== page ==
• Michelle Burkhardt

Gram's Idioms

My grandmother was an amazing Italian woman.  I lived with her from the time I was in the fourth grade until the time I ventured out on my own at 18 years-old.  Since my mom was a single parent, my grandmother played a huge role in taking care of my sister and me.  When we were sick she nursed us back to health with chicken soup; she often cooked meals to help my mom; and she was my confidant when I was feeling troubled, sad, or anxious about school, boys, or even my mom. As wonderful as all my memories are of her, the one thing I remember most is the amusing idioms that use to float from her lips.

To name a few,  when my sister and I would fight, we would hear her yell from the bottom of the steps, “Stop fighting or I will knock both your heads together”; since my sister liked the finer things in life, she often told her that she had, “Champagne taste with a beer pocketbook”; and if anything upset her, these words freely flowed from her mouth, “Jesus, Mary, and Joseph” (I may not have been a Christian at the time; but, I heard about His family a lot😉).

It is funny how we hear certain sayings throughout our lives that just seem to stick with us.  Although my grandmother’s expressions are fondly stored in my memory bank; lately, I find myself repeating another famous quote that I cannot seem to shake.  “It is easier said than done” has recently challenged me in my walk with God.

To explain, I am reading a book by Bob Goff, “Everybody Always”, and amidst the pages, I find this phrase invading my thoughts—a lot.  Bob Goff is an incredible author and advocate for showing the world the love of Christ.  In his first book “Love Does”, Bob encouraged his readers to think outside the box.  Don’t just say you are a Christian ---be a Christian.  Bob inspired believers to love people the way Christ did.  In this second book he explains exactly who those people are.  They are not our loving family members, our BFF’s, or even co-workers or acquaintances who are pleasant. Instead, he challenges us to extend love to the difficult, the scary, the unlovable, the ones “who creep us out” (page 3).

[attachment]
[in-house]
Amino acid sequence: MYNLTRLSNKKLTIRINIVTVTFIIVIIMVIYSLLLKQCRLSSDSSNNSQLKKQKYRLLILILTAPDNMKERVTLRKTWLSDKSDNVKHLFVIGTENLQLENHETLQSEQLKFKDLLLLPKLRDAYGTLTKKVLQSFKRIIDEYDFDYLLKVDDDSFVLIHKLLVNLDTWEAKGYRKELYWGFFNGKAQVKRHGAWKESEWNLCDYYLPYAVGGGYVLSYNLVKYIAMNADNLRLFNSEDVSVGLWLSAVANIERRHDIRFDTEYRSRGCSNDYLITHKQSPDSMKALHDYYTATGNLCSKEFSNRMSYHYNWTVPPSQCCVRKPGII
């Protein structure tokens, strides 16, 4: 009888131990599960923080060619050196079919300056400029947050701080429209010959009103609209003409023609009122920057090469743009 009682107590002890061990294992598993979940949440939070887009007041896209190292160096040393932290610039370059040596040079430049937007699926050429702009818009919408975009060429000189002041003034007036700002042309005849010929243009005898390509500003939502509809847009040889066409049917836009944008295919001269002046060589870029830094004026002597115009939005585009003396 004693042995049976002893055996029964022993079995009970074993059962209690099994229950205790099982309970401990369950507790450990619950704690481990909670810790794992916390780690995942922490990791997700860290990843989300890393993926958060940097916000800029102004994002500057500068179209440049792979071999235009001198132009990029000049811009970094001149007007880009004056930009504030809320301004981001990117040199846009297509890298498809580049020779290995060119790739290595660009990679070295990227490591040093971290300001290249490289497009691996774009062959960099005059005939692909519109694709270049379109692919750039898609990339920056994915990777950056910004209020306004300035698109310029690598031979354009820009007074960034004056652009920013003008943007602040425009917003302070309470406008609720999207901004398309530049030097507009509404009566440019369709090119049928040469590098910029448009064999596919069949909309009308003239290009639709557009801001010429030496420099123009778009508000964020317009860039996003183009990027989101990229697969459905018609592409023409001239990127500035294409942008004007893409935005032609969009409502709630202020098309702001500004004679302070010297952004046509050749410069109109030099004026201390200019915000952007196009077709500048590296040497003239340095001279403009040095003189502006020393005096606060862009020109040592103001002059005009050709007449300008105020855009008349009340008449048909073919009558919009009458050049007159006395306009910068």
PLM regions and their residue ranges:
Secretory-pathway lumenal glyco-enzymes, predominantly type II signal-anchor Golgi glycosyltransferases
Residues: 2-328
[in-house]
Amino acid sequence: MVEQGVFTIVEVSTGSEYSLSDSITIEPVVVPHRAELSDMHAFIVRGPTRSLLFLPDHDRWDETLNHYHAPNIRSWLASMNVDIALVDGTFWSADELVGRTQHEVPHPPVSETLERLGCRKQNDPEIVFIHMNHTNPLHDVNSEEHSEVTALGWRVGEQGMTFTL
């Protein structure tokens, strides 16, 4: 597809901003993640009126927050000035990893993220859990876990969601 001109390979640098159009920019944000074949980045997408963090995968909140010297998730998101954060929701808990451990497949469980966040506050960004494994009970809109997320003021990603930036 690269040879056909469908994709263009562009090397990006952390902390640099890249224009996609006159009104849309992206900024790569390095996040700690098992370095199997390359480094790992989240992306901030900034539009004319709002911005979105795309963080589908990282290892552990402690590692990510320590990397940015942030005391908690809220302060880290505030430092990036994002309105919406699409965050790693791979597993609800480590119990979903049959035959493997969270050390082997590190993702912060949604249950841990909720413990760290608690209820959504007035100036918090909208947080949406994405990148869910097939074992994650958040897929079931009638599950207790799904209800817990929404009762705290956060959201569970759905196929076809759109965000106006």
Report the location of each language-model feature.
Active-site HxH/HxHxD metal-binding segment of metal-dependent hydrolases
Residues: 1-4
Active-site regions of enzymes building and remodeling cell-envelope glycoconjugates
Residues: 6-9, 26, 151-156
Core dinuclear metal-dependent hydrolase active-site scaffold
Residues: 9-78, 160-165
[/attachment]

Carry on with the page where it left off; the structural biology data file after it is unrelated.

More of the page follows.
In an inspiring moment, I boldly declared, “I got this—if Bob can do it, so can I”!  Unfortunately, this is where I stumbled and discovered, “It is much easier said than done”. To illustrate, recently, the Holy Spirit prompted me to stop and check on what appeared to be a homeless or a troubled woman just sitting on the concrete median on Cameron street.  I was diagonally across the intersection, waiting to make a left turn going away from the woman.  I was dressed for a wedding which was to start in 15 minutes.  I wish I could say that Bob’s words of showing love magically echoed in my head; instead, it was my fear about being alone while approaching a stranger who looked odd, and my anxiety about being late that was much louder.  Sadly, the voices in my head persuasively reasoned, “Someone else who is closer will check her and/or probably already did; she is fine; she doesn’t want my help anyways; there is nowhere for me to stop/park; and I can’t be late!”

God lovingly (and somewhat ironically) revealed to me that I had not trusted Him because although I was punctual, the wedding started an hour late!  I would have had plenty of time if I had just listened and trusted Him.  “Trust in the LORD with all your heart; do not depend on your own understanding” (Proverbs 3:5 NLT).

Thankfully, I am only on chapter 8 of the book, and maybe by the time I get to the Epilogue, I will be more prepared the next time God speaks to me. I truly want to be a Christian who shows that “Love Does” to “Everybody Always”.

Goff, Bob “Love Does” and “Everybody Always”; Nelson Books; Nashville, TN-2012/2018.